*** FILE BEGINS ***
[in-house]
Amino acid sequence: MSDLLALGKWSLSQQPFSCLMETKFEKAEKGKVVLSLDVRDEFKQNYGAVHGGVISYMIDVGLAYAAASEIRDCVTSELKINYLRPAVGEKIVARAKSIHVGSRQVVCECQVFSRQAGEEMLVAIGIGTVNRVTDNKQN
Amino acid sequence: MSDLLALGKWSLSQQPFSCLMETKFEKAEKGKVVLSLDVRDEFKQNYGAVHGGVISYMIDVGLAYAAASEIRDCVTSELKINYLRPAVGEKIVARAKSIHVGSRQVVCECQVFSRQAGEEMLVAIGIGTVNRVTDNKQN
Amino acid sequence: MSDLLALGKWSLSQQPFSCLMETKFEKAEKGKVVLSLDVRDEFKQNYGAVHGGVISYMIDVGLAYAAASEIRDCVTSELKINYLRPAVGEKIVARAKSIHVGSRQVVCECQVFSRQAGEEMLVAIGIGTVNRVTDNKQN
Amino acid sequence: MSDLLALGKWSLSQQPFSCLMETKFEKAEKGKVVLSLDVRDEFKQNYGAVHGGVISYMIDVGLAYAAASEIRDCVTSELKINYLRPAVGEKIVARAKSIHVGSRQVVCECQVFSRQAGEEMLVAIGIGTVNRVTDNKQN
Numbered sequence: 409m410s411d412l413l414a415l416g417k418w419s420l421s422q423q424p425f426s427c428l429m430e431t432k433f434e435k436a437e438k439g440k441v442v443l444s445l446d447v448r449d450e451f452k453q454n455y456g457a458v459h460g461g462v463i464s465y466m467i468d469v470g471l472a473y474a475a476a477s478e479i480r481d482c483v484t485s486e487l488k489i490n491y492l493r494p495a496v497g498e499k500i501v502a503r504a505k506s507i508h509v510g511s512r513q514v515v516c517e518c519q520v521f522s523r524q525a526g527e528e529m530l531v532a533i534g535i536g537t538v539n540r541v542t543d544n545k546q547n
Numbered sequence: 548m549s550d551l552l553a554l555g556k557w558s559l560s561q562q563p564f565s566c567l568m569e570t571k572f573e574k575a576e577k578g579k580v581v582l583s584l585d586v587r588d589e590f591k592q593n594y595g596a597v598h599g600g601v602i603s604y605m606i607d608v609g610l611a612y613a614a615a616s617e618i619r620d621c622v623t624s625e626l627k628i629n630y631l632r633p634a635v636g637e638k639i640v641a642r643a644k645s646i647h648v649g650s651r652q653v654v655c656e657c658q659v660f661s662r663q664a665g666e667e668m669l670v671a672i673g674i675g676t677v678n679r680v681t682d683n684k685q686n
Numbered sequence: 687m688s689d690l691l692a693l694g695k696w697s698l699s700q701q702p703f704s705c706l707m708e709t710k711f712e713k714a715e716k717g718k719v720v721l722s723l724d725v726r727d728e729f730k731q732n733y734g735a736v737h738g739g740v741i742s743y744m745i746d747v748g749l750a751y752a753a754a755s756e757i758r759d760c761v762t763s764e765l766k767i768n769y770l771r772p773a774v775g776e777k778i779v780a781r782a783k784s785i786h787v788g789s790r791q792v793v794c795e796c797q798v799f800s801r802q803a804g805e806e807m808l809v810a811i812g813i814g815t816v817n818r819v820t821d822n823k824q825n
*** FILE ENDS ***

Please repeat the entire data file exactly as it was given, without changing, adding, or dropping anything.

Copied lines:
[in-house]
Amino acid sequence: MSDLLALGKWSLSQQPFSCLMETKFEKAEKGKVVLSLDVRDEFKQNYGAVHGGVISYMIDVGLAYAAASEIRDCVTSELKINYLRPAVGEKIVARAKSIHVGSRQVVCECQVFSRQAGEEMLVAIGIGTVNRVTDNKQN
Amino acid sequence: MSDLLALGKWSLSQQPFSCLMETKFEKAEKGKVVLSLDVRDEFKQNYGAVHGGVISYMIDVGLAYAAASEIRDCVTSELKINYLRPAVGEKIVARAKSIHVGSRQVVCECQVFSRQAGEEMLVAIGIGTVNRVTDNKQN
Amino acid sequence: MSDLLALGKWSLSQQPFSCLMETKFEKAEKGKVVLSLDVRDEFKQNYGAVHGGVISYMIDVGLAYAAASEIRDCVTSELKINYLRPAVGEKIVARAKSIHVGSRQVVCECQVFSRQAGEEMLVAIGIGTVNRVTDNKQN
Amino acid sequence: MSDLLALGKWSLSQQPFSCLMETKFEKAEKGKVVLSLDVRDEFKQNYGAVHGGVISYMIDVGLAYAAASEIRDCVTSELKINYLRPAVGEKIVARAKSIHVGSRQVVCECQVFSRQAGEEMLVAIGIGTVNRVTDNKQN
Numbered sequence: 409m410s411d412l413l414a415l416g417k418w419s420l421s422q423q424p425f426s427c428l429m430e431t432k433f434e435k436a437e438k439g440k441v442v443l444s445l446d447v448r449d450e451f452k453q454n455y456g457a458v459h460g461g462v463i464s465y466m467i468d469v470g471l472a473y474a475a476a477s478e479i480r481d482c483v484t485s486e487l488k489i490n491y492l493r494p495a496v497g498e499k500i501v502a503r504a505k506s507i508h509v510g511s512r513q514v515v516c517e518c519q520v521f522s523r524q525a526g527e528e529m530l531v532a533i534g535i536g537t538v539n540r541v542t543d544n545k546q547n
Numbered sequence: 548m549s550d551l552l553a554l555g556k557w558s559l560s561q562q563p564f565s566c567l568m569e570t571k572f573e574k575a576e577k578g579k580v581v582l583s584l585d586v587r588d589e590f591k592q593n594y595g596a597v598h599g600g601v602i603s604y605m606i607d608v609g610l611a612y613a614a615a616s617e618i619r620d621c622v623t624s625e626l627k628i629n630y631l632r633p634a635v636g637e638k639i640v641a642r643a644k645s646i647h648v649g650s651r652q653v654v655c656e657c658q659v660f661s662r663q664a665g666e667e668m669l670v671a672i673g674i675g676t677v678n679r680v681t682d683n684k685q686n
Numbered sequence: 687m688s689d690l691l692a693l694g695k696w697s698l699s700q701q702p703f704s705c706l707m708e709t710k711f712e713k714a715e716k717g718k719v720v721l722s723l724d725v726r727d728e729f730k731q732n733y734g735a736v737h738g739g740v741i742s743y744m745i746d747v748g749l750a751y752a753a754a755s756e757i758r759d760c761v762t763s764e765l766k767i768n769y770l771r772p773a774v775g776e777k778i779v780a781r782a783k784s785i786h787v788g789s790r791q792v793v794c795e796c797q798v799f800s801r802q803a804g805e806e807m808l809v810a811i812g813i814g815t816v817n818r819v820t821d822n823k824q825n